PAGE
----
Service Partners

In 2016, services directly controlled by the City account for 54% of the property tax bill. Other services are provided by service partners. These include Barrie Police, the County of SimcoeLibrary Board and Conservation Authorities (NVCA, LSRCA).

2017 Business Plan Development Schedule

June 2016 Committee/Council approval of the 2017 Budget Directions
June – Sept. 2016 Staff produce work plans; draft operating, capital, and rate budgets.

Oct. –Dec. 2016

• Prioritization of operating and capital
• Public engagement activities
Jan. 2017  2017 Business Plan distributed to Council
Feb. 2017 Committee/Council review & approval

Council Direction

In June 2016, Council directed staff to prepare the 2017 Business Plan for all tax-supported services that considers:

  • one budget year and three forecast years;
  • the cost of maintaining current programs at current service levels, based on anticipated 2017 activities;
  • annualized prior period decisions (if the costs of a program or service change based on only a partial year, costs for 2016 needed to include the entire year's cost)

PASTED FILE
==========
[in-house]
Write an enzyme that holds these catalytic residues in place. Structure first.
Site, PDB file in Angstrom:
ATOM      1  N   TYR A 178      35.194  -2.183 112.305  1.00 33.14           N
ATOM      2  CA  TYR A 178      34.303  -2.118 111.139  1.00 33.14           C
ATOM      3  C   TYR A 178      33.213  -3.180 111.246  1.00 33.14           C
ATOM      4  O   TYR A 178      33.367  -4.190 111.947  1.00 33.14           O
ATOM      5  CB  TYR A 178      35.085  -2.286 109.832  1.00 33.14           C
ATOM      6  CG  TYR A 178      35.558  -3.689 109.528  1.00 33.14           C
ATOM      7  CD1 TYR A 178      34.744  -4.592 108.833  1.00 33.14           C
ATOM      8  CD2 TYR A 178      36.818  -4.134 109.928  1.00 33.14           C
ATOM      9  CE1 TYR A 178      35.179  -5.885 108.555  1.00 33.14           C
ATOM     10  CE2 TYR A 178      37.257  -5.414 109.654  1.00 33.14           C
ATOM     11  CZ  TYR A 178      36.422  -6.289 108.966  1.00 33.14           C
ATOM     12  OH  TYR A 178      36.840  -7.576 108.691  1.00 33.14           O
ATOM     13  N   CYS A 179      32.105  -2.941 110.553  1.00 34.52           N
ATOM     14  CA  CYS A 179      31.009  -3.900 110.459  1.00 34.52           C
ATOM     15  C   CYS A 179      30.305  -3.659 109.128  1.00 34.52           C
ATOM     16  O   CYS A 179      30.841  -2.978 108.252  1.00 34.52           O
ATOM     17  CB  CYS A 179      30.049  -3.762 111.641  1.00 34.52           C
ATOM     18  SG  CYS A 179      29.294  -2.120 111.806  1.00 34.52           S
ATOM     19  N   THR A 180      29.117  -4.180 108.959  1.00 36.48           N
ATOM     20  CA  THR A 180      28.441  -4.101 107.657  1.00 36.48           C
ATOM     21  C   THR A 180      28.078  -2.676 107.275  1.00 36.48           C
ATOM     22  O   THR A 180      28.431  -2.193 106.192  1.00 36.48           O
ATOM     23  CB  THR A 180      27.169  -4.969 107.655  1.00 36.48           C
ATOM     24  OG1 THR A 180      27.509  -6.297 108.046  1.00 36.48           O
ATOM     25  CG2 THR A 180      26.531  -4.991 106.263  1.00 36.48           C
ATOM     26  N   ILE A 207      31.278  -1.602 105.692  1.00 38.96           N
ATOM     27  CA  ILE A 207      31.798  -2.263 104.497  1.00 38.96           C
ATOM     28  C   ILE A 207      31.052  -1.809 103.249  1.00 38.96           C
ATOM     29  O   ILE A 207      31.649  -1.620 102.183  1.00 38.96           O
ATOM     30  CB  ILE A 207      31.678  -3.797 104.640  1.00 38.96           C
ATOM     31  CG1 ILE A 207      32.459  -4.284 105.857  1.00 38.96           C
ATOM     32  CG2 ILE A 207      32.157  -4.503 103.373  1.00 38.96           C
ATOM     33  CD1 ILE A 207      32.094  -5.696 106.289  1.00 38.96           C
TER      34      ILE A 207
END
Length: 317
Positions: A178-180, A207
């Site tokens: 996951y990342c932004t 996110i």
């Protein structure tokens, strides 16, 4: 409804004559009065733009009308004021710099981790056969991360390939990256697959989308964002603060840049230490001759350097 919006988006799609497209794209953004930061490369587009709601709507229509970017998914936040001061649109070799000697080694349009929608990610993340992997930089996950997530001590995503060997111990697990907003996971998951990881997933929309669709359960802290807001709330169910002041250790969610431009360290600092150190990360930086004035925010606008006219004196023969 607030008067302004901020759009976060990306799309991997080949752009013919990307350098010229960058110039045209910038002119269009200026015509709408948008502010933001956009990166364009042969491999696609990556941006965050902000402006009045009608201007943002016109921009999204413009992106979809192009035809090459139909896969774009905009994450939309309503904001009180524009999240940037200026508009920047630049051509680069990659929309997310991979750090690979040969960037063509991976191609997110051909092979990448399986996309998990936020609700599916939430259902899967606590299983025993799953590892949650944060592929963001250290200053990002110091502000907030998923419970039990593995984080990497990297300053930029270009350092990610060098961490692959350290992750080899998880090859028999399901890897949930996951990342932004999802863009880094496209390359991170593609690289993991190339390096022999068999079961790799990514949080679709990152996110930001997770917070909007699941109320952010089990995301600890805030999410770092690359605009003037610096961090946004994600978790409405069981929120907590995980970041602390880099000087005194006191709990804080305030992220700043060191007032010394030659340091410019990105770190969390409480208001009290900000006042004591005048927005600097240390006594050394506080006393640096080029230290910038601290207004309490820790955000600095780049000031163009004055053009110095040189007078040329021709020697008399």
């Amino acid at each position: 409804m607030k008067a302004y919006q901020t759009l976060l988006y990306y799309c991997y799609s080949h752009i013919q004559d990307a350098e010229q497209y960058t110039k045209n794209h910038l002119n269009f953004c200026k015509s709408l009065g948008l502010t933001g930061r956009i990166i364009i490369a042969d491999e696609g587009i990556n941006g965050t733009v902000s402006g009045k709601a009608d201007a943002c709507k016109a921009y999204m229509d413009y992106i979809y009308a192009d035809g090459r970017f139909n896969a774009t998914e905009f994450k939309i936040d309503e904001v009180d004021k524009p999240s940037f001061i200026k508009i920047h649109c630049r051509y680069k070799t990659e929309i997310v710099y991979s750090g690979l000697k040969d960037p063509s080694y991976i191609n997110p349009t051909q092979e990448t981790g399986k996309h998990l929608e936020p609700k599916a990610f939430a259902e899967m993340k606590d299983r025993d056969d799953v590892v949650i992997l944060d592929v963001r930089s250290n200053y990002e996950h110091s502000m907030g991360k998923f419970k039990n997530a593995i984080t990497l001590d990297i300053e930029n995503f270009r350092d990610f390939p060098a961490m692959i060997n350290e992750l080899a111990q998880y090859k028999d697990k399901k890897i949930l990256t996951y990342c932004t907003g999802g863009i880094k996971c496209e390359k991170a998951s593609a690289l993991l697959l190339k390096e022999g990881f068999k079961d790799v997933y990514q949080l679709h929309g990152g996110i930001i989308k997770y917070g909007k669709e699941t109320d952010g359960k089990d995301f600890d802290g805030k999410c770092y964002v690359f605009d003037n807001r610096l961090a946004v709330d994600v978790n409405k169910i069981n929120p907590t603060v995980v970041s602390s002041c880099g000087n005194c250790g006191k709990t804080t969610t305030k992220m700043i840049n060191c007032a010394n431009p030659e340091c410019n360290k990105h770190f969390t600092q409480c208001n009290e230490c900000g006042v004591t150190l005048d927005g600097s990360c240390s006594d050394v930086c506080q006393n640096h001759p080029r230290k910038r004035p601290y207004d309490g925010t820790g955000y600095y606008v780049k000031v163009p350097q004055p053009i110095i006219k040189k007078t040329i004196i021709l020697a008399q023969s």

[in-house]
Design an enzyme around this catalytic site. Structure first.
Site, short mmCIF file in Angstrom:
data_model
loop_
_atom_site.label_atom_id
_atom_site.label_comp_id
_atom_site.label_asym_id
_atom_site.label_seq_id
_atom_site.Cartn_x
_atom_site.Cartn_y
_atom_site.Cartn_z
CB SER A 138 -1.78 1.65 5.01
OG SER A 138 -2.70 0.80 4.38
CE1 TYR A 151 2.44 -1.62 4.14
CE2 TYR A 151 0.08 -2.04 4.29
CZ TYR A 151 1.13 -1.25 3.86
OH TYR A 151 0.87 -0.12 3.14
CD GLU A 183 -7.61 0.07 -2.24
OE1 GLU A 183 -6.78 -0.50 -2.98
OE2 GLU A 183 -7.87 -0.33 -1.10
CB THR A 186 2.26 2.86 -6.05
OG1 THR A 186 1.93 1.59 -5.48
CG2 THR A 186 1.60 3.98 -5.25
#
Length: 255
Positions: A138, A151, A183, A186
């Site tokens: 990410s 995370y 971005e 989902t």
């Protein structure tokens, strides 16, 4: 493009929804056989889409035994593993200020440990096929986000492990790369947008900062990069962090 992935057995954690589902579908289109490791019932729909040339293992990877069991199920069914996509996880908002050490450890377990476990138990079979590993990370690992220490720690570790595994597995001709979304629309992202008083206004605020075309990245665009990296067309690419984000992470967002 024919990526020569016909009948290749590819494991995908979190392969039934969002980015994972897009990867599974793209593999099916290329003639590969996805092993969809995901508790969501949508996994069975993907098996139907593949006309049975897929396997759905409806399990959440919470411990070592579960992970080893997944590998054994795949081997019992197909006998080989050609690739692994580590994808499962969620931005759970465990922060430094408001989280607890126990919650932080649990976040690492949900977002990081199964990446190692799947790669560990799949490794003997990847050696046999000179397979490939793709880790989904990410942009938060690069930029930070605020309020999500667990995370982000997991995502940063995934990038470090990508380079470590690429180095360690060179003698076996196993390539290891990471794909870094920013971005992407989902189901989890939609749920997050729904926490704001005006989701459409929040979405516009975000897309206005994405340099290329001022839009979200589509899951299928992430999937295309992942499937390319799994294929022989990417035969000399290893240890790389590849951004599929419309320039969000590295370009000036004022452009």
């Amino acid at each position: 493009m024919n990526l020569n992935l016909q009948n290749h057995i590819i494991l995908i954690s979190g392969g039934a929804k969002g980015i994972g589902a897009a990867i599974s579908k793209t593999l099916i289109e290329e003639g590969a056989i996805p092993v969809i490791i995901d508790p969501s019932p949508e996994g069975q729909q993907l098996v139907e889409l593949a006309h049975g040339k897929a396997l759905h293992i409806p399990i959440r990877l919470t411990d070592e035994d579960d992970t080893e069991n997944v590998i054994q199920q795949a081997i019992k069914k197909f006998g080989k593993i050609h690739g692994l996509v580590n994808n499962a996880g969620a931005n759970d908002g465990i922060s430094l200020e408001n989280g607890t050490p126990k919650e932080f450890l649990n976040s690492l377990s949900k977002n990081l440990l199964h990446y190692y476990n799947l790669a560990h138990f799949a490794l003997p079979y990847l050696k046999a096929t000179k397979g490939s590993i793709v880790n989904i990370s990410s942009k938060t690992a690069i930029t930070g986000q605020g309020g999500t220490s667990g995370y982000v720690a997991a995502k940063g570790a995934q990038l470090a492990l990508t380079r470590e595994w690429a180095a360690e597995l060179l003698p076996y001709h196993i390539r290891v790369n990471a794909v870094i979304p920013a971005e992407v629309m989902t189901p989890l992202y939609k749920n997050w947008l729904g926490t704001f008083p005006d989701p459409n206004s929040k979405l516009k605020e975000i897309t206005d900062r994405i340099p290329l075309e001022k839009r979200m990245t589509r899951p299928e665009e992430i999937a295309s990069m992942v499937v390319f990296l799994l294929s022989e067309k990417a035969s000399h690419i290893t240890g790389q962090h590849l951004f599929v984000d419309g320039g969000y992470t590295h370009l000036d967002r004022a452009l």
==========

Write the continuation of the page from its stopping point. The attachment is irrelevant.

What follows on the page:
• the financial impact on the 2017 budget of Council directions throughout 2016;
  • recommendations for changes to funding sources that result in a decreased reliance on property taxes;
  • an estimate of assessment growth based on the value of newly assessed property throughout 2016;
  • the continuation of an annual 1% Dedicated Infrastructure Renewal Fund;
  • contributions to reserves consistent with the Financial Policies Framework.

Frequently Asked Questions

Where does the City’s money come from?

The majority comes from residential and commercial property taxes. Other sources of revenue include user fees, Development Charges (capital budget), grants & subsidies from other levels of government and contributions from reserves.

Where does the City’s money go?